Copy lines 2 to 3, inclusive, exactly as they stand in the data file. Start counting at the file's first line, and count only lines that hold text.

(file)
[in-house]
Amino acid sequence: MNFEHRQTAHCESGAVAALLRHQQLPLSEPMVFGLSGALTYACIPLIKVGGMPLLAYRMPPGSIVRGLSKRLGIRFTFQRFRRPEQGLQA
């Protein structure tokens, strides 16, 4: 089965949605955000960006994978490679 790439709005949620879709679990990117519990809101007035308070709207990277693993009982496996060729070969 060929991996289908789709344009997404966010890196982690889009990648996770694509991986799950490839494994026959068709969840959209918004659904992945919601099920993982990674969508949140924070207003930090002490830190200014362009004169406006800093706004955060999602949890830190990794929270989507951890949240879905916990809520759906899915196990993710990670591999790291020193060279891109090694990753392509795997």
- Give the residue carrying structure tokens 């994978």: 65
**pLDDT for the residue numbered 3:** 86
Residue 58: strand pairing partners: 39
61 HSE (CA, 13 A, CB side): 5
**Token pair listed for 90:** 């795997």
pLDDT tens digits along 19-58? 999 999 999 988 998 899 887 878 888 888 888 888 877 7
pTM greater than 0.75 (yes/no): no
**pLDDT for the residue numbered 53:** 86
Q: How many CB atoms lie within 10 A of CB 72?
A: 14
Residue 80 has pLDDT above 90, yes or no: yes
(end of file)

Amino acid sequence: MNFEHRQTAHCESGAVAALLRHQQLPLSEPMVFGLSGALTYACIPLIKVGGMPLLAYRMPPGSIVRGLSKRLGIRFTFQRFRRPEQGLQA
């Protein structure tokens, strides 16, 4: 089965949605955000960006994978490679 790439709005949620879709679990990117519990809101007035308070709207990277693993009982496996060729070969 060929991996289908789709344009997404966010890196982690889009990648996770694509991986799950490839494994026959068709969840959209918004659904992945919601099920993982990674969508949140924070207003930090002490830190200014362009004169406006800093706004955060999602949890830190990794929270989507951890949240879905916990809520759906899915196990993710990670591999790291020193060279891109090694990753392509795997």